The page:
An emblematic title, which evokes subtraction, absence, disappearance but at the same time indicates its place; a place which is a home, but the body is no longer there. All that remains are the traces, the imprints, the fragments which the body has left behind: hats, boots, chairs and highchairs, a narrating voice; or blacked out films (hiding the reproduction of postures, gestures, actions), manipulated until they form something akin to a megaphone, or the trumpet of an old megaphone, amplifying invisible waves and old refrains.
These traces communicate that which was the presence of the body – the stories, the thoughts, the conflicts and the reasons which lead to its lying there as well as the need for its re-location in a spatial universe of its belonging.
If every place is a space to be inhabited, a space which awaits to be occupied by the body, then the spectator’s presence here is pivotal to the work, as are the spectator’s actions – of walking, moving around the objects, establishing a point of view, picking up stimuli and connecting them to patterns of thought, observing the details, sitting down, listening.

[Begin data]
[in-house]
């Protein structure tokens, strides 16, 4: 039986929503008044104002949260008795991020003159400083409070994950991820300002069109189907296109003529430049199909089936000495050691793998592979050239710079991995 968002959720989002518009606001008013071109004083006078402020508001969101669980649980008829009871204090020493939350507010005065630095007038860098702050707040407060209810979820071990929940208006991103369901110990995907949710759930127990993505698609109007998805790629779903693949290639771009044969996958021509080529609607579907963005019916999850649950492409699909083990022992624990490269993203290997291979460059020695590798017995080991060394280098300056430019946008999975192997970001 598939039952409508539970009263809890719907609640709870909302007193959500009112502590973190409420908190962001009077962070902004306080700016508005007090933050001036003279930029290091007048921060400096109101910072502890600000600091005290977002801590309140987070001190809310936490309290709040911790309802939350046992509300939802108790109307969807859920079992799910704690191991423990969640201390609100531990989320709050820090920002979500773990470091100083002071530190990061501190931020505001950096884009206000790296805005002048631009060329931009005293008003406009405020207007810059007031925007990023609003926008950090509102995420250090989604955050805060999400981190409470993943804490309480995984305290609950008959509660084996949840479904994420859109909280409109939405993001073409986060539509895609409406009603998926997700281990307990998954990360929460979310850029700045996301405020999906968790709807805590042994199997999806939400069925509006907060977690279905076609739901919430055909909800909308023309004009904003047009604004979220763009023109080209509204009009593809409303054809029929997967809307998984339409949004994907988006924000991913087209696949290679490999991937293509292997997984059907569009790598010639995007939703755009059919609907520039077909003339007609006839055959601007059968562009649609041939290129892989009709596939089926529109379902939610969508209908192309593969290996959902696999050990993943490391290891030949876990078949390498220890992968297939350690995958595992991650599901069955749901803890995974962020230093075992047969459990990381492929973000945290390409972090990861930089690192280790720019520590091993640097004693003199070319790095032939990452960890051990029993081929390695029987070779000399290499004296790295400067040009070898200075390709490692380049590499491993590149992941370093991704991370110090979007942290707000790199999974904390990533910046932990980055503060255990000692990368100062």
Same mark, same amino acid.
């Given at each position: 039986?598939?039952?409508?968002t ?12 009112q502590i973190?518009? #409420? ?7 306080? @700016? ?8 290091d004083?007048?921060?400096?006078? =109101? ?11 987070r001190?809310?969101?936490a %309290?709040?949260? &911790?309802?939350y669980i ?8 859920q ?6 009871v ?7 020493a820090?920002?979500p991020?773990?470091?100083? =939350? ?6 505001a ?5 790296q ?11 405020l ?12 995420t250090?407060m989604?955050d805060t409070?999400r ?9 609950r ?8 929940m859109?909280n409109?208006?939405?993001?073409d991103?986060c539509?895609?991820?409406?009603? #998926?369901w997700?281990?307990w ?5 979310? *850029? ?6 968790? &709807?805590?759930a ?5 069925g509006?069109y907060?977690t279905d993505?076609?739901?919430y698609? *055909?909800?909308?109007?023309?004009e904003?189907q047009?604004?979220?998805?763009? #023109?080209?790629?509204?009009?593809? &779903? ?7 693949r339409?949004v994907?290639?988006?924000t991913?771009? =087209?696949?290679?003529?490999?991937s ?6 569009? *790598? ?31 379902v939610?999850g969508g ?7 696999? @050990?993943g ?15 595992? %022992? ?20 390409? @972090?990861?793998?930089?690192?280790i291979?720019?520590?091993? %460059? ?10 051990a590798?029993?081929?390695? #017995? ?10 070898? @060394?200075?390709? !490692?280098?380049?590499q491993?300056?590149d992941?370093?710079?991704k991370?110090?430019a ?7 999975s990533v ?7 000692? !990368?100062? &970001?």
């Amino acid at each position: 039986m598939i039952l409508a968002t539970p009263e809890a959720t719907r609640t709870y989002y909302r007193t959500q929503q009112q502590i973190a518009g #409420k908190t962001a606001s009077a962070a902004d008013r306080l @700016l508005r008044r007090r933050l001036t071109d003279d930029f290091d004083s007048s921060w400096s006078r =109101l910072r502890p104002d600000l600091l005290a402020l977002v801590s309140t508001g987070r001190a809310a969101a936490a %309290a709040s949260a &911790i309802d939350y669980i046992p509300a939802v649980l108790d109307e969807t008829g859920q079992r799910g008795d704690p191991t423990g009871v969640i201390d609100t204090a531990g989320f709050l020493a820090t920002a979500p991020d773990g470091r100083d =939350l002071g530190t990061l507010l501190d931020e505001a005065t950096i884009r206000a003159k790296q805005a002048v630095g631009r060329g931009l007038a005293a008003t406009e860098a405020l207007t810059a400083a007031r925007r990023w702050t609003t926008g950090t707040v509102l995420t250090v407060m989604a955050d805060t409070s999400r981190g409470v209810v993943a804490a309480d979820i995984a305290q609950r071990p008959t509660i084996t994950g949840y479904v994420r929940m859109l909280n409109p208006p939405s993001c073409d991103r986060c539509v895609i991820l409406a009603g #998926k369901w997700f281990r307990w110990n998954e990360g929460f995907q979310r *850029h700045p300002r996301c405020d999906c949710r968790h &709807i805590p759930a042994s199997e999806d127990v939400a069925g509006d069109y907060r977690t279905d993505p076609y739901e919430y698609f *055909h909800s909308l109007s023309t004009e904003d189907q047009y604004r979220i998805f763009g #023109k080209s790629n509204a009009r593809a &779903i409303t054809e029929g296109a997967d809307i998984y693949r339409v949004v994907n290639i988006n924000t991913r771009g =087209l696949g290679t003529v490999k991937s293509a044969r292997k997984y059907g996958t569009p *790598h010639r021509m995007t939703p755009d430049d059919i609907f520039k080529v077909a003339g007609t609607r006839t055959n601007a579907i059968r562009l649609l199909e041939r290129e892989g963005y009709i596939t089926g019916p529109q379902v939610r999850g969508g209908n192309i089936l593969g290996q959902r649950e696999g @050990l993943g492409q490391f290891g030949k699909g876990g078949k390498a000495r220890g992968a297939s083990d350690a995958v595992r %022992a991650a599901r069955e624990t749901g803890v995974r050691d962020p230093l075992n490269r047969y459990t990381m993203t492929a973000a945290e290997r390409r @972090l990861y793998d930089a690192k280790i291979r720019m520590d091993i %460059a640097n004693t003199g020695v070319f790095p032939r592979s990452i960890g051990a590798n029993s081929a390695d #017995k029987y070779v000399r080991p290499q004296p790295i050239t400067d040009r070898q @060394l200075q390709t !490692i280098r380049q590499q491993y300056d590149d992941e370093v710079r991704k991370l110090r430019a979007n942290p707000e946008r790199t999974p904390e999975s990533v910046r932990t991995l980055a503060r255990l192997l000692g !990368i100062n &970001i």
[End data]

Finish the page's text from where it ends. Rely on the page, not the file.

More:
The works and the installations in this exhibition shed light on a lack of something and turn that lack into a kind of ‘storytelling’. This is a theme which was already of great importance to Giorgio De Chirico (the artist who most forcefully connotes the permanent collection of the Museum), for whom the body becomes a mannequin, the landscape becomes a flat image, and time is evoked through the presence of shadows.
Ph. Giorgio Benni
A programme of live events (performances, conferences etc.) running alongside the exhibition explores its themes and its artistic languages. The initiative is an invitation for an audience already acquainted with the museum to continue to visit its rooms.